Staff-wide training on sexual harassment is vital if organisations hope to reduce negative workplace cultures, a report has found, with experts calling on employers to tackle behavioural change and the “bystander effect”.
A year after the allegations against Harvey Weinstein gave the #MeToo movement new impetus, there is still a “high level” of tolerance for harassment in the workplace.
A survey of more than 2,000 British adults, published by Acas and YouGov, found 60 per cent of respondents believed better training around sexual harassment for all members of staff would be the most effective step for reducing negative workplace cultures.
Only six in 10 (58 per cent) respondents felt their employer was doing enough to tackle sexual harassment in their workplace.
And the survey also suggested people remained willing to overlook damaging behaviours. Just a third (36 per cent) would be “very likely” to report incidents of sexual harassment they witnessed at work, rising to 38 per cent if it was an incident they personally experienced.
“We have a high level of tolerance for the intolerable, and that is why people think progress is being made – that is not my experience and not what I hear anecdotally,” Dorothy Dalton, CEO of training organisation 3Plus International LTD, which tackles gender issues in organisations, told People Management.
“Sexism is so deeply embedded in our cultures that many don’t even recognise it for what it is, so there is a pressing need for businesses to focus on behavioural change rather than only compliance and reporting. Training should foster self-advocacy training for targets, and bystander intervention training for witnesses.”
Almost a fifth (18 per cent) of survey respondents said they would be ‘unlikely’ to report an incident of harassment if they experienced one, reflecting wider anxieties around reporting harassment.
Research published by the EHRC in March this year found approximately half of respondents had not reported instances of harassment to anyone at work due to fear of victimisation, while a September survey from the Young Women’s Trust found a quarter of young women would be reluctant to report for fear of losing their jobs.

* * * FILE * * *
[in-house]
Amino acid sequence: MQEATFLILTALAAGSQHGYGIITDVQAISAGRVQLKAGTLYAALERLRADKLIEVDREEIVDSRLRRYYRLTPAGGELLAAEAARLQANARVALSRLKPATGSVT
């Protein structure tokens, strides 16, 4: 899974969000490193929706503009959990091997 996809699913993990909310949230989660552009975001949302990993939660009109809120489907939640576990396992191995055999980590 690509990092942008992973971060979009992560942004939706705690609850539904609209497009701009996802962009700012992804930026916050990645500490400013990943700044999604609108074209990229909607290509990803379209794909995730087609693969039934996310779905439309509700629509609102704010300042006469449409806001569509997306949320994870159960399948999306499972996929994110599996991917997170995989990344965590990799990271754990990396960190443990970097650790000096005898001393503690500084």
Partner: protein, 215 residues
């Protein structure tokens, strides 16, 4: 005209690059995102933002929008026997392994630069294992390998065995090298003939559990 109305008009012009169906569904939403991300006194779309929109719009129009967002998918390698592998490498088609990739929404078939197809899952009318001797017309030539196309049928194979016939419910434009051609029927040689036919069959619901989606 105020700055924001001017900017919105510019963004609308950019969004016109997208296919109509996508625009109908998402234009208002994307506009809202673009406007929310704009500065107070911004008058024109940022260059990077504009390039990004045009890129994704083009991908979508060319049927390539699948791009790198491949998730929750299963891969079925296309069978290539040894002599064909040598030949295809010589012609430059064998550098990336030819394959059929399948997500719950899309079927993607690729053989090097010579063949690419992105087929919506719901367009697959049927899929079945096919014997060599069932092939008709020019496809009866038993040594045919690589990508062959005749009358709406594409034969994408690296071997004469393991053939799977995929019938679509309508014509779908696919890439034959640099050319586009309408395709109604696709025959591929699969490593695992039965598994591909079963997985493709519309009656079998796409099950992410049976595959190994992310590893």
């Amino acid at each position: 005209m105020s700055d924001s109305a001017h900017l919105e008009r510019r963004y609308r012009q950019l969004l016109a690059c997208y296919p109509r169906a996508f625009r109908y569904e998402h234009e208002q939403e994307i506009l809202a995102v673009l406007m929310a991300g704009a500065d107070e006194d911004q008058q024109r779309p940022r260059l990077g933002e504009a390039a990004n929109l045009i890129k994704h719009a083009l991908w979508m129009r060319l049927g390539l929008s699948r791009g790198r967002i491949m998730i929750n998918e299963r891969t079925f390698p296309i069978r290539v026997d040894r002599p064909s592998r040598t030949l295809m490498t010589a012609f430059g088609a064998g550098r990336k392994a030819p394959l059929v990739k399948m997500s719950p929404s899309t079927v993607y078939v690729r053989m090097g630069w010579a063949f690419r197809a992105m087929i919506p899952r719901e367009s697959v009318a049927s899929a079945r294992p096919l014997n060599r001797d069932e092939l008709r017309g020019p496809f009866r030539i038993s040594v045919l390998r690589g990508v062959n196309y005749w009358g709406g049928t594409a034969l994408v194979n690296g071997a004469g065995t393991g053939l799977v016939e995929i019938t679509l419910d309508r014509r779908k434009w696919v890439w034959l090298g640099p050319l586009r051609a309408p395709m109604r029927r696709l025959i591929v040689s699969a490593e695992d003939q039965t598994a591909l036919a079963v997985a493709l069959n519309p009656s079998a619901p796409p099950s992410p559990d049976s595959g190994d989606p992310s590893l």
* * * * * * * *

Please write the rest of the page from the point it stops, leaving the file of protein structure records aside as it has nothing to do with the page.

Julie Dennis, head of diversity at Acas, said this week’s survey highlighted progress was still needed from organisations to deliver cultural change in UK workplaces. “Our study reveals many workers feel their employers are doing enough, but then there’s a big question around why so few of them are likely to report serious incidents to their line manager,” she said.
“Businesses need to ensure that workplace environments are safe and welcoming places so that any type of sexual harassment behaviour never sees the light of day. But if it does happen, staff should feel confident to report this type of abuse.”
In July, the Women and Equalities Committee called for the introduction of a duty on employers to guard against sexual harassment supported by a statutory code of practice, warning there was currently “little incentive” for employers to take robust action.
“Organisations need to define sexual harassment very clearly; the best way to do this, particularly if you are running an inclusive management style, is to get input from your people and create an inclusive leadership charter that clearly outlines unacceptable behaviours,” Dalton said.
“Psychological security and safety is one of the primary things people look for in a workplace, making this not just a personal issue but a business issue. Organisations are still failing to acknowledge this.”